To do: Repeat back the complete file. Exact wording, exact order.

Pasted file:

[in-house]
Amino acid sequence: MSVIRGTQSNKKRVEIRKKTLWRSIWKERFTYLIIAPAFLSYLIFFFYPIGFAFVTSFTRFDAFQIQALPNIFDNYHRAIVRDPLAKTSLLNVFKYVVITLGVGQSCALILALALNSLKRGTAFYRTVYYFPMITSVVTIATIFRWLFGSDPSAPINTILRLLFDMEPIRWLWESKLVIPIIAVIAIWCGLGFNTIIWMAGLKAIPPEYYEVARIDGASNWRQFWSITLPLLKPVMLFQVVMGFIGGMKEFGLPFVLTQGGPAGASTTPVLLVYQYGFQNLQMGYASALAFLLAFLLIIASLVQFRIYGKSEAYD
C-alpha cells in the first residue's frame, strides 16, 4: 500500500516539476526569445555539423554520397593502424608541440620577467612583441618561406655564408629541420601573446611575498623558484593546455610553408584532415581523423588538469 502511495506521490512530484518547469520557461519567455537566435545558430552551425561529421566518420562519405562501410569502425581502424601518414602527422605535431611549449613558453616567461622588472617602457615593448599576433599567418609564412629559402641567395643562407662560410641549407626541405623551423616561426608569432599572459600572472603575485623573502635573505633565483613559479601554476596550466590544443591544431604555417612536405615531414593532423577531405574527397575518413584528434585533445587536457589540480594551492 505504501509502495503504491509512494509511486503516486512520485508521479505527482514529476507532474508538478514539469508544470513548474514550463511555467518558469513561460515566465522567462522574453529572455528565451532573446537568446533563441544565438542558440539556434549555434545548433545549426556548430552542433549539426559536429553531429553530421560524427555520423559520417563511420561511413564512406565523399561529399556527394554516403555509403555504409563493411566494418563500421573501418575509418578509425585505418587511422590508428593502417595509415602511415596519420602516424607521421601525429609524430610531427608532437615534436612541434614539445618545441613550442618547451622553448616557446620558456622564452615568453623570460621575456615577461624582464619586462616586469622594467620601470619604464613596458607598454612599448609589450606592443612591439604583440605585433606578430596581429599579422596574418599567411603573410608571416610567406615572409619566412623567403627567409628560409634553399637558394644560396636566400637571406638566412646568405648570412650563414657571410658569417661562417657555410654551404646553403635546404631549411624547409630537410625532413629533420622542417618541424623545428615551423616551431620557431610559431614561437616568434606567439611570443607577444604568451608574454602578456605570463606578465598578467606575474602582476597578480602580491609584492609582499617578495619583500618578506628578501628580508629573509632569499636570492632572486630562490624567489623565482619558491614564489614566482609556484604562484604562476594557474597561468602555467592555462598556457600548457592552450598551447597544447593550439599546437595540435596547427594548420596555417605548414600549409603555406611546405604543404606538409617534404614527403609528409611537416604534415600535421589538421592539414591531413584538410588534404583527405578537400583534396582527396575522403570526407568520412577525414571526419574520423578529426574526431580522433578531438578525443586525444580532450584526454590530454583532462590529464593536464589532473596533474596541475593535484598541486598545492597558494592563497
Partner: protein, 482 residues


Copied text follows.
[in-house]
Amino acid sequence: MSVIRGTQSNKKRVEIRKKTLWRSIWKERFTYLIIAPAFLSYLIFFFYPIGFAFVTSFTRFDAFQIQALPNIFDNYHRAIVRDPLAKTSLLNVFKYVVITLGVGQSCALILALALNSLKRGTAFYRTVYYFPMITSVVTIATIFRWLFGSDPSAPINTILRLLFDMEPIRWLWESKLVIPIIAVIAIWCGLGFNTIIWMAGLKAIPPEYYEVARIDGASNWRQFWSITLPLLKPVMLFQVVMGFIGGMKEFGLPFVLTQGGPAGASTTPVLLVYQYGFQNLQMGYASALAFLLAFLLIIASLVQFRIYGKSEAYD
C-alpha cells in the first residue's frame, strides 16, 4: 500500500516539476526569445555539423554520397593502424608541440620577467612583441618561406655564408629541420601573446611575498623558484593546455610553408584532415581523423588538469 502511495506521490512530484518547469520557461519567455537566435545558430552551425561529421566518420562519405562501410569502425581502424601518414602527422605535431611549449613558453616567461622588472617602457615593448599576433599567418609564412629559402641567395643562407662560410641549407626541405623551423616561426608569432599572459600572472603575485623573502635573505633565483613559479601554476596550466590544443591544431604555417612536405615531414593532423577531405574527397575518413584528434585533445587536457589540480594551492 505504501509502495503504491509512494509511486503516486512520485508521479505527482514529476507532474508538478514539469508544470513548474514550463511555467518558469513561460515566465522567462522574453529572455528565451532573446537568446533563441544565438542558440539556434549555434545548433545549426556548430552542433549539426559536429553531429553530421560524427555520423559520417563511420561511413564512406565523399561529399556527394554516403555509403555504409563493411566494418563500421573501418575509418578509425585505418587511422590508428593502417595509415602511415596519420602516424607521421601525429609524430610531427608532437615534436612541434614539445618545441613550442618547451622553448616557446620558456622564452615568453623570460621575456615577461624582464619586462616586469622594467620601470619604464613596458607598454612599448609589450606592443612591439604583440605585433606578430596581429599579422596574418599567411603573410608571416610567406615572409619566412623567403627567409628560409634553399637558394644560396636566400637571406638566412646568405648570412650563414657571410658569417661562417657555410654551404646553403635546404631549411624547409630537410625532413629533420622542417618541424623545428615551423616551431620557431610559431614561437616568434606567439611570443607577444604568451608574454602578456605570463606578465598578467606575474602582476597578480602580491609584492609582499617578495619583500618578506628578501628580508629573509632569499636570492632572486630562490624567489623565482619558491614564489614566482609556484604562484604562476594557474597561468602555467592555462598556457600548457592552450598551447597544447593550439599546437595540435596547427594548420596555417605548414600549409603555406611546405604543404606538409617534404614527403609528409611537416604534415600535421589538421592539414591531413584538410588534404583527405578537400583534396582527396575522403570526407568520412577525414571526419574520423578529426574526431580522433578531438578525443586525444580532450584526454590530454583532462590529464593536464589532473596533474596541475593535484598541486598545492597558494592563497
Partner: protein, 482 residues